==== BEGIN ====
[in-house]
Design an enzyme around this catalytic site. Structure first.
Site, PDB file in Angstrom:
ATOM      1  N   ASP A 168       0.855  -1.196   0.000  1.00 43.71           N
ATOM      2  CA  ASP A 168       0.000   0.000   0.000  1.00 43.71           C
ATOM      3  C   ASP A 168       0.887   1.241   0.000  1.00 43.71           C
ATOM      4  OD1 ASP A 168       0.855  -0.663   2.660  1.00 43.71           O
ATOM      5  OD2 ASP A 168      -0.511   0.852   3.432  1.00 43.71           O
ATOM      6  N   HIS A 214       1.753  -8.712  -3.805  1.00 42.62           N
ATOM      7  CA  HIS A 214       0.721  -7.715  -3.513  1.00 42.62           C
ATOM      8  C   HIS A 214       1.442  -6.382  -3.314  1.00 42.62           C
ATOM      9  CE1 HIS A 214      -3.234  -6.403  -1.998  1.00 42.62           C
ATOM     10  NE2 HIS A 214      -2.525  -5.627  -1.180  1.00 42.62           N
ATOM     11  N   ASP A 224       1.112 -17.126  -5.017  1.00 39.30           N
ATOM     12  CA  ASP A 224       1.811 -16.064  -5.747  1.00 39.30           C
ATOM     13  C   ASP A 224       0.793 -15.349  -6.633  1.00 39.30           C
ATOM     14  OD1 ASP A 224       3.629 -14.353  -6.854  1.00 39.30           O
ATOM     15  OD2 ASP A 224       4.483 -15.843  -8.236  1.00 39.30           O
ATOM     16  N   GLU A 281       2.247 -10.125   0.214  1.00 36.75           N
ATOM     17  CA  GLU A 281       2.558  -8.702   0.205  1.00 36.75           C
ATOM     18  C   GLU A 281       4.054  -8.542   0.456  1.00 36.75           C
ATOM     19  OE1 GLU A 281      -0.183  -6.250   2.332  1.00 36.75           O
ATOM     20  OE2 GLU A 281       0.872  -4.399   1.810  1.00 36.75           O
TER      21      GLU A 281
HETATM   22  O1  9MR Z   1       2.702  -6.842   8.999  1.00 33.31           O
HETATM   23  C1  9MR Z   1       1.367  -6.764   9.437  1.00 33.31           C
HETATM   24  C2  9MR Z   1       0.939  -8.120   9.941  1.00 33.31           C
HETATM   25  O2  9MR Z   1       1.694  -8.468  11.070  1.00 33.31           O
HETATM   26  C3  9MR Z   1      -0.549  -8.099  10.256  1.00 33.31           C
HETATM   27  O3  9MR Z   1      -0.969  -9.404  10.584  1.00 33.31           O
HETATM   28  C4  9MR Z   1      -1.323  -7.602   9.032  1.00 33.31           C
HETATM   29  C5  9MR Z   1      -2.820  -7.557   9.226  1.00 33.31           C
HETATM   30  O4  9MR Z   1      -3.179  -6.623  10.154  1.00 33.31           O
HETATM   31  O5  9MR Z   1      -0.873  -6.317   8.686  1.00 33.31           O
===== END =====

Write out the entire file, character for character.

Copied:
[in-house]
Design an enzyme around this catalytic site. Structure first.
Site, PDB file in Angstrom:
ATOM      1  N   ASP A 168       0.855  -1.196   0.000  1.00 43.71           N
ATOM      2  CA  ASP A 168       0.000   0.000   0.000  1.00 43.71           C
ATOM      3  C   ASP A 168       0.887   1.241   0.000  1.00 43.71           C
ATOM      4  OD1 ASP A 168       0.855  -0.663   2.660  1.00 43.71           O
ATOM      5  OD2 ASP A 168      -0.511   0.852   3.432  1.00 43.71           O
ATOM      6  N   HIS A 214       1.753  -8.712  -3.805  1.00 42.62           N
ATOM      7  CA  HIS A 214       0.721  -7.715  -3.513  1.00 42.62           C
ATOM      8  C   HIS A 214       1.442  -6.382  -3.314  1.00 42.62           C
ATOM      9  CE1 HIS A 214      -3.234  -6.403  -1.998  1.00 42.62           C
ATOM     10  NE2 HIS A 214      -2.525  -5.627  -1.180  1.00 42.62           N
ATOM     11  N   ASP A 224       1.112 -17.126  -5.017  1.00 39.30           N
ATOM     12  CA  ASP A 224       1.811 -16.064  -5.747  1.00 39.30           C
ATOM     13  C   ASP A 224       0.793 -15.349  -6.633  1.00 39.30           C
ATOM     14  OD1 ASP A 224       3.629 -14.353  -6.854  1.00 39.30           O
ATOM     15  OD2 ASP A 224       4.483 -15.843  -8.236  1.00 39.30           O
ATOM     16  N   GLU A 281       2.247 -10.125   0.214  1.00 36.75           N
ATOM     17  CA  GLU A 281       2.558  -8.702   0.205  1.00 36.75           C
ATOM     18  C   GLU A 281       4.054  -8.542   0.456  1.00 36.75           C
ATOM     19  OE1 GLU A 281      -0.183  -6.250   2.332  1.00 36.75           O
ATOM     20  OE2 GLU A 281       0.872  -4.399   1.810  1.00 36.75           O
TER      21      GLU A 281
HETATM   22  O1  9MR Z   1       2.702  -6.842   8.999  1.00 33.31           O
HETATM   23  C1  9MR Z   1       1.367  -6.764   9.437  1.00 33.31           C
HETATM   24  C2  9MR Z   1       0.939  -8.120   9.941  1.00 33.31           C
HETATM   25  O2  9MR Z   1       1.694  -8.468  11.070  1.00 33.31           O
HETATM   26  C3  9MR Z   1      -0.549  -8.099  10.256  1.00 33.31           C
HETATM   27  O3  9MR Z   1      -0.969  -9.404  10.584  1.00 33.31           O
HETATM   28  C4  9MR Z   1      -1.323  -7.602   9.032  1.00 33.31           C
HETATM   29  C5  9MR Z   1      -2.820  -7.557   9.226  1.00 33.31           C
HETATM   30  O4  9MR Z   1      -3.179  -6.623  10.154  1.00 33.31           O
HETATM   31  O5  9MR Z   1      -0.873  -6.317   8.686  1.00 33.31           O